First, as we've explored before, if you want to be formidable at what you do, learn to love brutally honest feedback. I was grateful someone forced me to think more deeply about what exactly the point was, and to explain it in the cleanest way possible.
Second, it's a fair question - in fact, it's the fair question. People have less time and attention to spare than ever before. So if they spend it consuming your content, you owe it to them to provide the maximum possible value in exchange. This includes making it as practical and actionable as possible.
So let’s cut through the SAT words — here’s the point:
Self-efficacy, in plain English, is the level of belief people have in their capabilities to "get sh*t done." It's not confidence. It’s their belief in their ability to marshal the skills and internal resources necessary to exercise influence over events.
The factors that improve self-efficacy will, in turn, improve performance (among other things). So if you want to get really good at something, one option is to optimize for self-efficacy.
Most people who want to develop a skill will default to a very haphazard approach. This can be ok in the beginning, but if it continues too long, they'll fail to make progress, quickly lose motivation, and quit.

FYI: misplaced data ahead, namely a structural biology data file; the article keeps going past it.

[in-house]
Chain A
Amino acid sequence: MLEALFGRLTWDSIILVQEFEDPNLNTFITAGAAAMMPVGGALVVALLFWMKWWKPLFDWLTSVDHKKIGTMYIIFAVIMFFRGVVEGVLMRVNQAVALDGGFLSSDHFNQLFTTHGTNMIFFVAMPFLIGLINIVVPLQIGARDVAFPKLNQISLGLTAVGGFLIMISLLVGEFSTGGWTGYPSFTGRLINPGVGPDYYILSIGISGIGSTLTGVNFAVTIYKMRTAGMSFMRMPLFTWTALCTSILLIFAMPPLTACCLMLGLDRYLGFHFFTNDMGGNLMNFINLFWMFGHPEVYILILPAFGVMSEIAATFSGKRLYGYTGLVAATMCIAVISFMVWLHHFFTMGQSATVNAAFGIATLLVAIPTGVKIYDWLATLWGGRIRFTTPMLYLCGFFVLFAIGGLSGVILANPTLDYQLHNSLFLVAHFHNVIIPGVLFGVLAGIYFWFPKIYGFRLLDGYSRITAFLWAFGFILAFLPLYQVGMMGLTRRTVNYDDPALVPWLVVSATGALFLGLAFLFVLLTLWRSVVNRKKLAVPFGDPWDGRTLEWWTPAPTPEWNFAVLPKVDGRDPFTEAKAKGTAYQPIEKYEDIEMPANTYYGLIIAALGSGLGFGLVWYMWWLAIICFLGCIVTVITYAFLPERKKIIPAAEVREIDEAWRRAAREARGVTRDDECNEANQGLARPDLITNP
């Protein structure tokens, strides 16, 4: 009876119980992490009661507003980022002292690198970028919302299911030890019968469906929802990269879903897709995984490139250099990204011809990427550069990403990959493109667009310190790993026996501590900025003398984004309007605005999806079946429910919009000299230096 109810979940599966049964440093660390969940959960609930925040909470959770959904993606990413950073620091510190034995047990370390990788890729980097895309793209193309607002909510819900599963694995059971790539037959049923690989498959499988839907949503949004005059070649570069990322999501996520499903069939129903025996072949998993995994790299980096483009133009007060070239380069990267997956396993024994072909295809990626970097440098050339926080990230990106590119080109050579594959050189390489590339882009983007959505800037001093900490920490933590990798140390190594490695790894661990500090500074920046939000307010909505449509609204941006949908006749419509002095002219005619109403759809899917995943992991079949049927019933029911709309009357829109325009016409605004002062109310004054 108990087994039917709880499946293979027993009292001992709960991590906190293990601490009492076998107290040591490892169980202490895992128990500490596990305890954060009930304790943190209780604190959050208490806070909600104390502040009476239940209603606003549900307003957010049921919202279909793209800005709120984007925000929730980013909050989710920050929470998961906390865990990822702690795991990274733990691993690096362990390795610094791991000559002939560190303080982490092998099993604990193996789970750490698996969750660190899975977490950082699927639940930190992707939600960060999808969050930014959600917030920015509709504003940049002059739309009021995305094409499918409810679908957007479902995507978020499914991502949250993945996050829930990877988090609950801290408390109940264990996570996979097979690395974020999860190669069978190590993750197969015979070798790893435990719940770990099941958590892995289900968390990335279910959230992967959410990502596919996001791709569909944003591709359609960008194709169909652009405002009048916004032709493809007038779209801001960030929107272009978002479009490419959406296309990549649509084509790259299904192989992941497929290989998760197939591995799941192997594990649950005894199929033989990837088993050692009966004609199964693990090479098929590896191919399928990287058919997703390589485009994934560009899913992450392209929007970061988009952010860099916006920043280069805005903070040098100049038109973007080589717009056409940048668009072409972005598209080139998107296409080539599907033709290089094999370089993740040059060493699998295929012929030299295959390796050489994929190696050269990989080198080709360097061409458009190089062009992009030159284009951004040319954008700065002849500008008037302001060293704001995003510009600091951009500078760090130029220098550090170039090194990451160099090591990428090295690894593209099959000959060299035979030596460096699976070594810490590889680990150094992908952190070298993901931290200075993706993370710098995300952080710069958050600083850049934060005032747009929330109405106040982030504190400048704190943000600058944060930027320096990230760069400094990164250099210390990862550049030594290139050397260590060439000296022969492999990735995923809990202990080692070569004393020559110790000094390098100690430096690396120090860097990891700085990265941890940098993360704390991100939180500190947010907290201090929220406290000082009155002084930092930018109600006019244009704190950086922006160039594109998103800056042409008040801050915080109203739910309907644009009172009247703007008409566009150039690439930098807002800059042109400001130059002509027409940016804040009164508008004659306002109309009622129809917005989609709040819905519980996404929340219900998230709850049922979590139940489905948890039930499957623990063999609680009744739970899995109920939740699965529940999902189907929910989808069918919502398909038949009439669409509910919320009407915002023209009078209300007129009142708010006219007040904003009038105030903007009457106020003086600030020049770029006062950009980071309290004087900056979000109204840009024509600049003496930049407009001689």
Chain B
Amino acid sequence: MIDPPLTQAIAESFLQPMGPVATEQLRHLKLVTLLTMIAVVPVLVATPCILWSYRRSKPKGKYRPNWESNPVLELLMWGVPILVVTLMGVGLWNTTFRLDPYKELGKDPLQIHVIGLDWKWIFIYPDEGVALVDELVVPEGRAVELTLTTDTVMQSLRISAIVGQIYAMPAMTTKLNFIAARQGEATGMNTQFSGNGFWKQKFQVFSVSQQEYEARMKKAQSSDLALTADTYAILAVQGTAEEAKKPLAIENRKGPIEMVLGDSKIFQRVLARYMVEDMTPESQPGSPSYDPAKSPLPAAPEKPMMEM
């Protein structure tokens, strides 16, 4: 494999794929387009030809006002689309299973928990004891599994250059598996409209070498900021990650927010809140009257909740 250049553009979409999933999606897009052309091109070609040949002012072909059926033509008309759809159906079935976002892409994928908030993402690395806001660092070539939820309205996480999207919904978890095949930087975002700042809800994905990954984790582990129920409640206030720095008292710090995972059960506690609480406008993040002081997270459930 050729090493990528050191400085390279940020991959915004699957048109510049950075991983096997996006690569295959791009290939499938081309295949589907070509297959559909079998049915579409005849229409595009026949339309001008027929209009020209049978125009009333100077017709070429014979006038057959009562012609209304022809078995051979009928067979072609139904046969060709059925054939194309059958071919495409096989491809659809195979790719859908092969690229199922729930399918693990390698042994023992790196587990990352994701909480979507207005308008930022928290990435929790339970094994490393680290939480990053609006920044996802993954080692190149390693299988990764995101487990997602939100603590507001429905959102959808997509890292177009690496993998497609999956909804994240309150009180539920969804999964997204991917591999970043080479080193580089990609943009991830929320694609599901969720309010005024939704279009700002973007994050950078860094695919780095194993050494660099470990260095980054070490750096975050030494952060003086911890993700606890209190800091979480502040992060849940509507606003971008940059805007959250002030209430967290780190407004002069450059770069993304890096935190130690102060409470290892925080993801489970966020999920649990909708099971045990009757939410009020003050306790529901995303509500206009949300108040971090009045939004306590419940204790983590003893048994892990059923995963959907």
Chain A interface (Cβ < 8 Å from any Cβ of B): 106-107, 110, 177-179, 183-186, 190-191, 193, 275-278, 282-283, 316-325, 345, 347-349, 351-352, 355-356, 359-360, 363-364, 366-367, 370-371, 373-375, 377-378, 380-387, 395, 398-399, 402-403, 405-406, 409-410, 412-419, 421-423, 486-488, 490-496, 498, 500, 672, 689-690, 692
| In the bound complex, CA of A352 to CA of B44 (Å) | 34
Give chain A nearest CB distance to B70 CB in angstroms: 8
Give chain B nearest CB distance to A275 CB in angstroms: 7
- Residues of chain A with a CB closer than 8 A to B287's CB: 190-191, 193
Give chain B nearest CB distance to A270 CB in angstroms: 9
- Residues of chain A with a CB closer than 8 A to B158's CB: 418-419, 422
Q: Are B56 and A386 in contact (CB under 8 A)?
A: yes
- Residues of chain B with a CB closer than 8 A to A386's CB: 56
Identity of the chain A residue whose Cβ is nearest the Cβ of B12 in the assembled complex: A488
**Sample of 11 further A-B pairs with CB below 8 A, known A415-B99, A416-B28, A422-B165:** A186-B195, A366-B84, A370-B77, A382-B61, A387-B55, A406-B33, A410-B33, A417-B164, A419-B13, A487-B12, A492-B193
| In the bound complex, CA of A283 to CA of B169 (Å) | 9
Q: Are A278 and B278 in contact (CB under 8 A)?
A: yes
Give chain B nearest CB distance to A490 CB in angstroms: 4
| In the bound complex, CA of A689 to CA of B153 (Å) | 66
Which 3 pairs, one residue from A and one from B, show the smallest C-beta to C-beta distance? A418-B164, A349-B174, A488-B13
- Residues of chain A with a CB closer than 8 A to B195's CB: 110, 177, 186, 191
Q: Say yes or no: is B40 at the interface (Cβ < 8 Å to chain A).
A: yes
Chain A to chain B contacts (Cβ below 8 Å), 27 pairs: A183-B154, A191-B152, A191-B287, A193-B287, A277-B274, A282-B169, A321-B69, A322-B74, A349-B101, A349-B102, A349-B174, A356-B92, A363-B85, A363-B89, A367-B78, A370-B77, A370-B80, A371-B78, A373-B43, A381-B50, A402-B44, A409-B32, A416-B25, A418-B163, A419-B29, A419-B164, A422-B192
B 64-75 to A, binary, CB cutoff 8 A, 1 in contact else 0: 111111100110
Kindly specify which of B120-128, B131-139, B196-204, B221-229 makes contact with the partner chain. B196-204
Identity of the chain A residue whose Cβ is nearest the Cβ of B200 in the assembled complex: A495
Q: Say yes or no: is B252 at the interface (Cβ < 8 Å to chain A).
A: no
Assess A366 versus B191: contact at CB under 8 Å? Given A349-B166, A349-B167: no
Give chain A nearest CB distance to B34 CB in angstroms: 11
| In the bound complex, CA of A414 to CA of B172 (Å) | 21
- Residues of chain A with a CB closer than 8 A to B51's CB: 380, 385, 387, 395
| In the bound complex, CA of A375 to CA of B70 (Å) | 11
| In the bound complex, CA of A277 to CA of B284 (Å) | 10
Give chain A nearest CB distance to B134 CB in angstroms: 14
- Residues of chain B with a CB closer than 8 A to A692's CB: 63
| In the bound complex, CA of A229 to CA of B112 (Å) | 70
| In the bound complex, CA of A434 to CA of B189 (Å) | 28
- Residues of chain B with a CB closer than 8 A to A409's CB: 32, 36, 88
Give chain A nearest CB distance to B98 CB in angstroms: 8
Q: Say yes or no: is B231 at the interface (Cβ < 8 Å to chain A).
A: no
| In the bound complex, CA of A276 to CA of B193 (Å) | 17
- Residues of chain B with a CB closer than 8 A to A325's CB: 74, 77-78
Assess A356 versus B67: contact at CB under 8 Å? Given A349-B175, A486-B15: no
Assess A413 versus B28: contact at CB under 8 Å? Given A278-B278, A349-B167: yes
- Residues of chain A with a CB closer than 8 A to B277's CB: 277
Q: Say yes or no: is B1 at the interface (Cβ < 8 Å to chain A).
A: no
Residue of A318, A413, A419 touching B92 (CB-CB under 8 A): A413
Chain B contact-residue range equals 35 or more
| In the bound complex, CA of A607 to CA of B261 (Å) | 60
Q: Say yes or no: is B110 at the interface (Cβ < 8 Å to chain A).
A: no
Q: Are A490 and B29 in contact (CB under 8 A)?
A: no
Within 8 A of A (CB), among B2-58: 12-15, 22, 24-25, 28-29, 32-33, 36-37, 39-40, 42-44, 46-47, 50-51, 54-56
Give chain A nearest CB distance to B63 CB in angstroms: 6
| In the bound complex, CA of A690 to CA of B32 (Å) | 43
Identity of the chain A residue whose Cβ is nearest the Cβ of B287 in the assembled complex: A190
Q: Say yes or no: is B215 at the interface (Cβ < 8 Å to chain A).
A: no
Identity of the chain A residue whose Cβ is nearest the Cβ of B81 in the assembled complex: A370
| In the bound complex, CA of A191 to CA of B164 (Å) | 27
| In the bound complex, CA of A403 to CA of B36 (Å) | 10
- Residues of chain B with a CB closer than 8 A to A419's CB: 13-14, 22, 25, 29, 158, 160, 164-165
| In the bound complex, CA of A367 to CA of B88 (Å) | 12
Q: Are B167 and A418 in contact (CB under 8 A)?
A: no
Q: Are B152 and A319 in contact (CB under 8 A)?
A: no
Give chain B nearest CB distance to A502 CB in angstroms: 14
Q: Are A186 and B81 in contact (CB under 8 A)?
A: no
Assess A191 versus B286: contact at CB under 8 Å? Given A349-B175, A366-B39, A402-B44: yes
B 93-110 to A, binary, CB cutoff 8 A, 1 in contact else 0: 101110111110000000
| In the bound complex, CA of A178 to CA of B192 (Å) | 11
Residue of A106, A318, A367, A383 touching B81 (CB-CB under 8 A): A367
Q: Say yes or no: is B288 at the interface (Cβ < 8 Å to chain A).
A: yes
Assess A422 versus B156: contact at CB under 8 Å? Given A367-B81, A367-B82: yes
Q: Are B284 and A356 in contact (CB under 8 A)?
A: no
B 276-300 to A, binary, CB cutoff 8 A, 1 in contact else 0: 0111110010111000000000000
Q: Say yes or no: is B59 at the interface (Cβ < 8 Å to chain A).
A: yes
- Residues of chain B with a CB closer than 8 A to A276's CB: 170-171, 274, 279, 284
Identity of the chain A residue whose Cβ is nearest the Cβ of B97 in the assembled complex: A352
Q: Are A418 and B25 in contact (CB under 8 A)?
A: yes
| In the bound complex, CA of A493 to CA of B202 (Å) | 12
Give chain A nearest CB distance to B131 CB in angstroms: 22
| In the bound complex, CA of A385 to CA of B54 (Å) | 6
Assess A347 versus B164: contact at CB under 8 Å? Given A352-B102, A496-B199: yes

But we can engineer "enactive mastery experiences," which are the most salient sources of our efficacy beliefs. We can design a development program around the most important contributors to self-efficacy, e.g. deliberate practice, "stretch" goals, uncomfortable performance scenarios, etc. — check out the article for a full list and explanations around why these things work.
If we're methodical about our approach, we reduce the likelihood of wasted time and effort, failure, premature quitting, and disappointment. We improve and grow, and we build our self-efficacy beliefs, allowing us to do and achieve even more.
3.) Surprisingly good movie:
Instead of mindlessly browsing through streaming options the entire night, on a whim I recently put on the Disney+ movie Soul. It totally exceeded expectations for what an animated movie could be. It's rightly been described as Pixar's "most ambitiously existential" film to date. It deals with themes like death, afterlife, reincarnation, what makes you... you, meaning and meaninglessness, passion, mastery, and more. You’ll enjoy a good mix of comedy and drama, consistent entertainment value, and extraordinary animation.
Description (via Wikipedia): "The story follows a middle school music teacher named Joe Gardner, who seeks to reunite his soul and his body after they are accidentally separated, just before his big break as a jazz musician."
4.) Word of the day:
Specious (adj.) - superficially plausible, but actually wrong; misleading in appearance, especially misleadingly attractive.
5.) Two articles I found interesting (that couldn't be more different):
As always, I'd love feedback on this newsletter. What did you enjoy? What's the worst thing about it that needs to be fixed as soon as possible? Reply here, or you can reach me on Twitter or Instagram.
Have a great weekend!
P.S. - Tell your friends about this newsletter!